The diagnostic accuracy of cervical smears lacking a transformation zone component has been discussed for over 20 years.1–3 Some studies have reported that smears without a transformation zone component are more likely to miss abnormal cells.4–8 However, others claim that the adequacy of cytologic sampling is not guaranteed by the presence of endocervical or squamous metaplastic cells9,10 because smears with a transformation zone component may miss a lesion that is present, and those with an inadequate component may nevertheless be positive for neoplastic cells. This view is supported by a number of longitudinal studies, which have reported no difference in frequency of abnormal smear diagnoses according to the presence or absence of a transformation zone component.9,11
In 1996, the US Food and Drug Administration cleared the ThinPrep Papanicolaou test (Cytyc Corp., Boxborough, MA) as a replacement for conventional Papanicolaou smears. Although the sensitivity of liquid-based smears is improved compared with the conventional method of Papanicolaou smear preparation, there has been some suggestion that ThinPrep smears may be more likely than conventional smears to miss an endocervical or metaplastic cell component.12,13 Whether this characteristic affects the ability to detect cervical abnormalities has not yet been examined.
A screening study was undertaken to evaluate whether the absence of a transformation zone component in ThinPrep smears limits the ability to detect high-grade cervical lesions. Results from screening ThinPrep smears were compared with histology for confirmation of diagnoses.
MATERIALS AND METHODS
The population consisted of women attending three Planned Parenthood of Western Washington clinics between 1997 and 2001. Informed consent was obtained from all study participants. The study protocol was approved by the Institutional Review Board of the University of Washington. Women who were pregnant, chronically immune impaired, without a cervix, or had prior treatment for cervical neoplasia (including electrocautery, cryocautery, conization, laser surgery, or loop electrosurgical excision procedure) were not eligible to participate.
Papanicolaou smears from the cervix and samples for human papillomavirus (HPV) testing were obtained at the screening visit according to the following protocol: an Ayres spatula was used for transformation zone cell collection, and a cytobrush was used to sample the endocervix. Both the brush and the spatula were then directly rinsed in vials containing 20 mL of cytology fluid (PreservCyt, Cytyc Corp., Marlborough, MA) for processing the final ThinPrep cytology slide. An HPV DNA cervical specimen was obtained after the cytology specimen. A Dacron-tipped swab was inserted into the cervical os, rotated, withdrawn, and then swabbed on the ectocervical epithelium. This swab was then placed in Specimen Transport Medium (Digene diagnostics, Silver Spring, MD) for transportation to the laboratory for HPV DNA testing.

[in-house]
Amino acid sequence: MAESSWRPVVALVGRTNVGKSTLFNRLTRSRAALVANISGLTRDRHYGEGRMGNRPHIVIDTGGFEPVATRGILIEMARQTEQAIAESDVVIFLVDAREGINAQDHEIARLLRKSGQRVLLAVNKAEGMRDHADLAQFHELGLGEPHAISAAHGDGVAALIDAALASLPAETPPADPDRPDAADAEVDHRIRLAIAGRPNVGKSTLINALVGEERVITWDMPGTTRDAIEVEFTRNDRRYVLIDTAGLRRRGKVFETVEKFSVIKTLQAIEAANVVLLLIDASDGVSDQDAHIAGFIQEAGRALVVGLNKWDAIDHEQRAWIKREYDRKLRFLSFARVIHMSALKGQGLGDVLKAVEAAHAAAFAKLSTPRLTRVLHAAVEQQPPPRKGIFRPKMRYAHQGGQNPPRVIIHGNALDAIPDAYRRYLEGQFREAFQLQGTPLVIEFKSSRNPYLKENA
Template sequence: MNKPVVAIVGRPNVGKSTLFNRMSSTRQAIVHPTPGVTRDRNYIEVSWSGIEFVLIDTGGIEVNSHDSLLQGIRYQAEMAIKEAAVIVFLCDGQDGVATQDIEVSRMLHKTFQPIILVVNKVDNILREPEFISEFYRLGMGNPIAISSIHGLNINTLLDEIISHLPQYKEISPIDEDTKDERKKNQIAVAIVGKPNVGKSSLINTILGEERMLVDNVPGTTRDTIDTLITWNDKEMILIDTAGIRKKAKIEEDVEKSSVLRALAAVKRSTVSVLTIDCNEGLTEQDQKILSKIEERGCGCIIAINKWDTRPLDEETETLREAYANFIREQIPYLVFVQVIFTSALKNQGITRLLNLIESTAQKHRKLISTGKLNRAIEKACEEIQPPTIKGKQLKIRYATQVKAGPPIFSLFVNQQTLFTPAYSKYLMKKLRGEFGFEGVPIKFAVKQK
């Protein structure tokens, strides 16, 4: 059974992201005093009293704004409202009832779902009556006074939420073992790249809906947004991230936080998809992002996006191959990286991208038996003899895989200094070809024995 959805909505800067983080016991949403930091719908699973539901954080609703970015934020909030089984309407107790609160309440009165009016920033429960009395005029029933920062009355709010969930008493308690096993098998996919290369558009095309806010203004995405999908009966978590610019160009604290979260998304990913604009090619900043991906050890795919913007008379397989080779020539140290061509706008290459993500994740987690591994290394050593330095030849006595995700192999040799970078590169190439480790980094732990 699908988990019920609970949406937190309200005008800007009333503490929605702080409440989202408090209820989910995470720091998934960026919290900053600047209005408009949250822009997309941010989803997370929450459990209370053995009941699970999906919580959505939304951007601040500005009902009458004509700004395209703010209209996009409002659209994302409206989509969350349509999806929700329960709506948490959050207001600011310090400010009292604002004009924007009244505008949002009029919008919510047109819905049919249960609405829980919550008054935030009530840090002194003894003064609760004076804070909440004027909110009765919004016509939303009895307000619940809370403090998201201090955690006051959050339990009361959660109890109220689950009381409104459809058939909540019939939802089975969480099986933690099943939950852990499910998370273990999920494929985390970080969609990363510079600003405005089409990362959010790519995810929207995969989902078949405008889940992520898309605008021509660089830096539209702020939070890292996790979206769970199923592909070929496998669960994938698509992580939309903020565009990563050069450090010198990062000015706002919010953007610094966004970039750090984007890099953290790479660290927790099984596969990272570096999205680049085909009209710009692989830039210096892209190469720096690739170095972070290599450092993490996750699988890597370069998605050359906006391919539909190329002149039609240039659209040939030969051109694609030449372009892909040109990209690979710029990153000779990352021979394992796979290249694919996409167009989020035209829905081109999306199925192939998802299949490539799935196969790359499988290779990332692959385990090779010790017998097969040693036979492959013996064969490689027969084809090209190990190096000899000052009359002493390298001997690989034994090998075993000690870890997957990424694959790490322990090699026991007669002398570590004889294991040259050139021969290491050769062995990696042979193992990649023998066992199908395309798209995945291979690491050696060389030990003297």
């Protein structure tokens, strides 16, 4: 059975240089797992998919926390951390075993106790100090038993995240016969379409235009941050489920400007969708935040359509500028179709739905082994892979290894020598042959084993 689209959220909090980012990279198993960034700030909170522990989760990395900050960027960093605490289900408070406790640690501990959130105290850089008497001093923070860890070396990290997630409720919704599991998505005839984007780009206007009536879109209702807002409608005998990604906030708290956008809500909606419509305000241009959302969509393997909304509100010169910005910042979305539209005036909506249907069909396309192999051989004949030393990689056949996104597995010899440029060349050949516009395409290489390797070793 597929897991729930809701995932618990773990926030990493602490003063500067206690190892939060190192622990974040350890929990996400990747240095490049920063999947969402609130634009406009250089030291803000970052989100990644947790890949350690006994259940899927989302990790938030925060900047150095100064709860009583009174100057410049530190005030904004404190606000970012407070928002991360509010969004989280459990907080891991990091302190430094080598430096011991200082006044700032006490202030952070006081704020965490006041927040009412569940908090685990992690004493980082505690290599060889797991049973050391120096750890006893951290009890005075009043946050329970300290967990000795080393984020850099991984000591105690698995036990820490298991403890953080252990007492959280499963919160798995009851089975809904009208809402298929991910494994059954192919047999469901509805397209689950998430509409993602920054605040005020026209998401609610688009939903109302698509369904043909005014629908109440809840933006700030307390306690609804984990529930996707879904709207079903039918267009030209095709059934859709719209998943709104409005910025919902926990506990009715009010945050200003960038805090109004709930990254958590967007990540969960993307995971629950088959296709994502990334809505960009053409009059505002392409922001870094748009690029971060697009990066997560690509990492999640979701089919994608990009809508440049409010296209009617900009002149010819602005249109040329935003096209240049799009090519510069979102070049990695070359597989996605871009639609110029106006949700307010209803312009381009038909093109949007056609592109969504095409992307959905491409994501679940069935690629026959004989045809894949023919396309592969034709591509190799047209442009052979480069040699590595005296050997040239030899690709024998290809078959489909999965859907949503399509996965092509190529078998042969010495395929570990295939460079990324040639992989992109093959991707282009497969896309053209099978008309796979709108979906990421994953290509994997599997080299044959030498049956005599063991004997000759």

Women with 1) atypical squamous cells of undetermined significance (ASCUS), low-grade or high-grade squamous intraepithelial lesions (LSIL or HSIL) on Papanicolaou smear, or 2) an HPV DNA test positive by polymerase chain reaction for high-risk types (16, 18, 26, 31, 33, 35, 39, 45, 51, 52, 55, 56, 58, 59, 68, 73, 82, and 83) were referred for colposcopy and biopsy. In addition, a random sample of women with normal Papanicolaou smears and negative HPV DNA tests were also referred for colposcopy and biopsy. Eighteen women with HSIL (n = 128) did not return to the study clinic for colposcopy and biopsy. All were phoned repeatedly and sent certified letters. The median interval between the screening visit and the colposcopy visit was 60 days (range 13–991 days).
At the colposcopy visit, detailed questionnaires were completed, and cervical samples for ThinPrep cytology slides and HPV testing were repeated using the same collection technique as carried out at the screening visit. Colposcopies were performed by a nurse practitioner with extensive training in colposcopy, or by a board-certified gynecologist, both of whom had at least 7 years of clinical practice in colposcopy. The DenVu computerized colposcopy system (DenVu, Tucson, AZ) was used to record information and pictures of the cervix. Biopsies of the worst visible lesions were obtained using a Wittner or Tessler biopsy forceps; women with negative cytology and colposcopy results underwent colposcopically directed biopsy at a 12 o'clock site. Endocervical curettage was performed if the colposcopy was unsatisfactory or if the lesion(s) seen did not correlate with the Papanicolaou smear results (n = 662). Women with histologically confirmed cervical intraepithelial neoplasia grade 2 to 3 (CIN 2–3) or invasive cervical cancer were referred for treatment. Patients with CIN 1 or cervical atypia on histology returned to Planned Parenthood for a repeat Papanicolaou smear in 4–6 months with follow-up care provided by Planned Parenthood.